Our measurement of learning will probably always be imperfect and highly qualitative in nature. But writing assignments are actually very good tools to measure learning and convince the instructor of the students’ progress. For many people, the first draft of an essay is an opportunity to lay out ideas on paper and work them through the rigours of logic and reason. Typically, ideas and arguments become clearer and stronger as the reader works his way to the end of the text. This is proof, according to Bean, that the writer has improved his thinking on the topic, WHILE WRITING THE PAPER. An experienced writer will sleep on this draft and rewrite it later on in a way that is more pleasant to read for others. Compared to oral presentations, writing is an inexpensive and effective tool for hashing out ideas. This means improving thinking. As a bonus, it helps to memorize material. How can we change our assessments? WID-type writing can meet specific teaching objectives such as: learning progression, knowledge of concepts, comprehension of relationships and problem solving. It also gives the student an opportunity to connect to the material on a personal level. Apart from progression, our assessments already cover knowledge, relationships and problem solving. So why should we change? Two reasons: A- It would help some students learn more and faster. Who is against this? And B- it would help students engage with the material, increase class participation and interest.
C. Tips for Economists curious about writing as a learning tool
In a nutshell, more writing can help economics students learn more economics. This is not about learning to write. This is about writing to learn – in the discipline. Sadly, many of our students dread the idea of studying economics, partly because the Introduction course is mandatory. It is therefore important for instructors to use tools that help students engage with the material as much as possible. The following tips have been introduced to me in the Writing in the Disciplines Fellowship, and particularly via the work of John C. Bean, professor of English at Seattle University, and the author of Engaging Ideas.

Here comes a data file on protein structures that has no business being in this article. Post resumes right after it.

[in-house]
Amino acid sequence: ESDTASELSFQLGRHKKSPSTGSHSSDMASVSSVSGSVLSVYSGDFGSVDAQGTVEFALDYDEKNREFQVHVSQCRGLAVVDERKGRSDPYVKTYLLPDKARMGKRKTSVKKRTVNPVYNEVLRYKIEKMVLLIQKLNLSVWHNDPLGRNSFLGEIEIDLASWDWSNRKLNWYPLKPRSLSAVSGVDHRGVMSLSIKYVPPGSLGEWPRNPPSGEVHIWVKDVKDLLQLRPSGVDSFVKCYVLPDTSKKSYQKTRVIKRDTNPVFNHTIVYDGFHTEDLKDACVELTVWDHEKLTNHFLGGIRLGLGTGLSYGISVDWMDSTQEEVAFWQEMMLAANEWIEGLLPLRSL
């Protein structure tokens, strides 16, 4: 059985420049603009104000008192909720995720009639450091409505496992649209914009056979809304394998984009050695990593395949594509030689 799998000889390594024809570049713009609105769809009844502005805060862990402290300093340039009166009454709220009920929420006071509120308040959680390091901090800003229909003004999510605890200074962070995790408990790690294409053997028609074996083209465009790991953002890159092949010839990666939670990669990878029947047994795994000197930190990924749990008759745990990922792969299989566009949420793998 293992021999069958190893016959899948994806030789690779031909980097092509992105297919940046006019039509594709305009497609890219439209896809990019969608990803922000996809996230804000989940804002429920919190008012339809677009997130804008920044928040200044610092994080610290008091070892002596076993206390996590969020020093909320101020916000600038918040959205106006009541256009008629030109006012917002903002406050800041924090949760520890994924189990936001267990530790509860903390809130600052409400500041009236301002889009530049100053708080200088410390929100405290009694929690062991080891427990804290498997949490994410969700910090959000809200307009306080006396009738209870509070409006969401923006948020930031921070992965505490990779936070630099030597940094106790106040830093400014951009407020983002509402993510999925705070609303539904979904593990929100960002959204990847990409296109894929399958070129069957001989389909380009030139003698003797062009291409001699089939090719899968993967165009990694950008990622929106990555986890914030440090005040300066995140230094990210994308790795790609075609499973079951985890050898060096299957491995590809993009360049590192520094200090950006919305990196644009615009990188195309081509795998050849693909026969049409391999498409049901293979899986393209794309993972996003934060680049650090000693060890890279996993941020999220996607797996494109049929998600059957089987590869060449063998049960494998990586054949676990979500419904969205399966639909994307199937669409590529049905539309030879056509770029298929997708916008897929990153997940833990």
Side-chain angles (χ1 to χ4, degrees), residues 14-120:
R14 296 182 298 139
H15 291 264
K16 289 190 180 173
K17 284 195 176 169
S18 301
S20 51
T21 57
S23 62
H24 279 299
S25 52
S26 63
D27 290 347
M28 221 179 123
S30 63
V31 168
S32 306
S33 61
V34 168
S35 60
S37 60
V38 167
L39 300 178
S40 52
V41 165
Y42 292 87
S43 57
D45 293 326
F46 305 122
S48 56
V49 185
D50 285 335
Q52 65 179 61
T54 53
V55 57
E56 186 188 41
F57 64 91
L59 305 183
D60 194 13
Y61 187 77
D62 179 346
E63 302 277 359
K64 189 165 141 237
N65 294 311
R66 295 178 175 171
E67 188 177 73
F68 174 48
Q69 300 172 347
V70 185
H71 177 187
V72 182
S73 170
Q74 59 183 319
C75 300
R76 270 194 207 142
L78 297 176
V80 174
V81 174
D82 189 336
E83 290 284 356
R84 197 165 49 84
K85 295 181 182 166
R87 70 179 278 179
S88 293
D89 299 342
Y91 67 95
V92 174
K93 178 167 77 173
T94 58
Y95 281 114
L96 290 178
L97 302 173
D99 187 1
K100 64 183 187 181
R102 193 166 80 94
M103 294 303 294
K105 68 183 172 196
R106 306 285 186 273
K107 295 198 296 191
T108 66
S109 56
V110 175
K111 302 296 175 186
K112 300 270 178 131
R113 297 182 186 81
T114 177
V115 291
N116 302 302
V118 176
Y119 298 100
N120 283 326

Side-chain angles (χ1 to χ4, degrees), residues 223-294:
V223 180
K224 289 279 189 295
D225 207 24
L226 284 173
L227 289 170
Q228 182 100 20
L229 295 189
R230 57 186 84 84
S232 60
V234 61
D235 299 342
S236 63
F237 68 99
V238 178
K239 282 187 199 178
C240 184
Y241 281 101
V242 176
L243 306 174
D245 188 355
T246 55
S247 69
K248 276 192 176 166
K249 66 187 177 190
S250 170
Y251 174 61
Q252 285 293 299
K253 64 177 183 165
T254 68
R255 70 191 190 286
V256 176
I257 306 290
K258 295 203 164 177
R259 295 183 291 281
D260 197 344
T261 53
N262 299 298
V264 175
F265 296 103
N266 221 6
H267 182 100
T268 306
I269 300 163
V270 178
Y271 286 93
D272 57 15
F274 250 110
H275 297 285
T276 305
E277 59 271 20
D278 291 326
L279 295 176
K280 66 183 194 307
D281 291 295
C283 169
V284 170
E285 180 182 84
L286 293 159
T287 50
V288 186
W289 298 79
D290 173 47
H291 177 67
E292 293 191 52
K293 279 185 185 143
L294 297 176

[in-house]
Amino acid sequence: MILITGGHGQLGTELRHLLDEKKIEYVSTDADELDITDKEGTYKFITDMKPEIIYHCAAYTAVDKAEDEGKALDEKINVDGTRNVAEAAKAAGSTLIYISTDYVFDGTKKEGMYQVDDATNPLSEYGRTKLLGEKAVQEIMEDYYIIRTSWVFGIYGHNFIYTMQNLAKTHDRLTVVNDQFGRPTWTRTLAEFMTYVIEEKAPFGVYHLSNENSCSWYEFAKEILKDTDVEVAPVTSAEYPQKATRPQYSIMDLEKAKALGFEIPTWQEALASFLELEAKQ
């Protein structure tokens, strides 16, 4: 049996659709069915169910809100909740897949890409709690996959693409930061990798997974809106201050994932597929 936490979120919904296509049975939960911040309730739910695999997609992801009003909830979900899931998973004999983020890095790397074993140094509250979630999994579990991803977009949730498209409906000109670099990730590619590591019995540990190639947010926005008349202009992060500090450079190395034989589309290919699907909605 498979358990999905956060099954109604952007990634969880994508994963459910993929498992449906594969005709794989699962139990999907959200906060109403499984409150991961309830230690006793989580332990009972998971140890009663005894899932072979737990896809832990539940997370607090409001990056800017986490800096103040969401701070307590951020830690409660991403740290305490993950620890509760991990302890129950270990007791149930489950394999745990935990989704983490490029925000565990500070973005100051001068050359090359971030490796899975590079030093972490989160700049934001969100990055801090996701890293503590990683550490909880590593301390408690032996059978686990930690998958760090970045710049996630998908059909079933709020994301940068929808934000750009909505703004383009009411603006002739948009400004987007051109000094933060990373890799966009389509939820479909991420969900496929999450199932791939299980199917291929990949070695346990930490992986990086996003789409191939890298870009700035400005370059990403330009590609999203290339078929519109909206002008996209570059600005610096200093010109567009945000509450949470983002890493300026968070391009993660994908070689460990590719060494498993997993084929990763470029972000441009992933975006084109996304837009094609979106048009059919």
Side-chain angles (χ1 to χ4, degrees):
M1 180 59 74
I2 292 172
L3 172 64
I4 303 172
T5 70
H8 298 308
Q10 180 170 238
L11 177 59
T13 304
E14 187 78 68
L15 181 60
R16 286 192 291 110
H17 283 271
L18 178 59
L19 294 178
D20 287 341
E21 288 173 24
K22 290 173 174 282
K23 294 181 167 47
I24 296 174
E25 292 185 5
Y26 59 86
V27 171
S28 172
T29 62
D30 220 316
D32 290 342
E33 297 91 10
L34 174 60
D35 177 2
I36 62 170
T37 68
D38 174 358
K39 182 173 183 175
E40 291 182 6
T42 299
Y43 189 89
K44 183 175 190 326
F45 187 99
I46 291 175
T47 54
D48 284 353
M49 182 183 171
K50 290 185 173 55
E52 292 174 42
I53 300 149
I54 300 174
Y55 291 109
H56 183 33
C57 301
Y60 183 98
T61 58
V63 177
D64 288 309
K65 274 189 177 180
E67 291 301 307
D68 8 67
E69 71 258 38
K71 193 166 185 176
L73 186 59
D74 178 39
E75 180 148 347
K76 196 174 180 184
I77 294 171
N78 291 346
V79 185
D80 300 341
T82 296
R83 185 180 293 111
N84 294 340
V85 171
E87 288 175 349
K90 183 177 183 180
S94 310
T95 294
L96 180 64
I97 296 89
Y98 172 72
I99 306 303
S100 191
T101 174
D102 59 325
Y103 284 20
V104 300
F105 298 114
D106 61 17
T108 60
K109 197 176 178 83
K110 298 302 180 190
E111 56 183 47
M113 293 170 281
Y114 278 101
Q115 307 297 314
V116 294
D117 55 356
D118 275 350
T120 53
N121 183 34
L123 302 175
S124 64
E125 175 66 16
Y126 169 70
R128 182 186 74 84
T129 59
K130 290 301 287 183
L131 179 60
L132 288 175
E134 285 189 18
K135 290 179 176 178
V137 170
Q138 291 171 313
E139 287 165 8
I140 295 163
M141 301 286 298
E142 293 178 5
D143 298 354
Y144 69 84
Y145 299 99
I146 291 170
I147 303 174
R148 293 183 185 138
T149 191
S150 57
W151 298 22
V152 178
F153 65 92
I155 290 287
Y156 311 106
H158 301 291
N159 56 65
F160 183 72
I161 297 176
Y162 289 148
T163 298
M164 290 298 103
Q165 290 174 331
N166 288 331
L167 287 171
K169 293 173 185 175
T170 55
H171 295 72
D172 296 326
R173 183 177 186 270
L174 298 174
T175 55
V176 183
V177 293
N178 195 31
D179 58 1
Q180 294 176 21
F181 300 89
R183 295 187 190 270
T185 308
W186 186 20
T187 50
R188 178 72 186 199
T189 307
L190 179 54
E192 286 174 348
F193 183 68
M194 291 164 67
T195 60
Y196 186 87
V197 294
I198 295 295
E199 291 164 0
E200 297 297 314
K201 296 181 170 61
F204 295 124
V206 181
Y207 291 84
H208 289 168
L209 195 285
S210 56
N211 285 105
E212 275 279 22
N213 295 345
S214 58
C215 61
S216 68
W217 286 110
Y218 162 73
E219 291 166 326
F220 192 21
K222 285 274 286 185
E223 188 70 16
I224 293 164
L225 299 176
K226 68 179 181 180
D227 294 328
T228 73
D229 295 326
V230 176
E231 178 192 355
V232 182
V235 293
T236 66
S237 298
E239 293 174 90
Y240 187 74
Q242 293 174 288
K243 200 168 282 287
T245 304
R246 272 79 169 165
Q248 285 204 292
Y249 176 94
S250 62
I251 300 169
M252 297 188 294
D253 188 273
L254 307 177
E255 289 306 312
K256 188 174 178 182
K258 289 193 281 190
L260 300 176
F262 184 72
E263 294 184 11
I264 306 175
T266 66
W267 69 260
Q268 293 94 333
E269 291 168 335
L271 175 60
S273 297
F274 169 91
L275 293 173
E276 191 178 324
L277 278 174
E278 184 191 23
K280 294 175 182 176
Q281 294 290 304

I. The Essay
I always assign a draft and a final copy. But to make the final product more interesting for both the student and the instructor, I assign strikingly different prompts. The first assignment is a “Think Piece” (see below), a personal essay where the student must interview a family member about an economic topic such as unemployment or inflation. The objective is to get the student involved and engaged in the material, as it is presented in the later weeks of the semester. This draft is commented, and graded. I don’t correct grammar and spelling. I expect a thesis to be buried somewhere at the end of the essay. The final draft has to include authoritative sources such as The Economist, and forces the student to relate his family story to actual economic theory. The final draft is not commented in detail, only graded.
Like most economics instructors, I like to assign quizzes in class and on the web. These quizzes can be designed to have students write more. I have rewritten a few quizzes to improve writing and increase comprehension. Some tips: ask for definitions of key concepts, ask for written explanations of the meaning of a calculation, and ask for the explanation of curve-shifting (supply and demand). About grading: I don’t grade everything. I show the best and worst answers, anonymously, and discuss them in class. Some quizzes are marked only for participation. (My quizzes are on MyEconLab, and unfortunately cannot be shared here. Please ask for examples.)
III. Think Piece
The Think Piece is an exploratory writing assignment that helps students engage with the content of specialized courses. This can be used in conjunction – or not – with the essay assignment. Students usually do their best writing when they feel a connection with the material. The great advantage of exploratory writing is that it enables students to feel as though they are participating in their learning process. They are encouraged to argue their point of view. They can also use their own past experiences, family lore and social issues to relate to topics discussed in class. Here are a few examples of exploratory writing assignments.
(In-class 15 minute assignment)
(In-class 15 minute, leads to a debate)
(In-class group work, 15 minutes)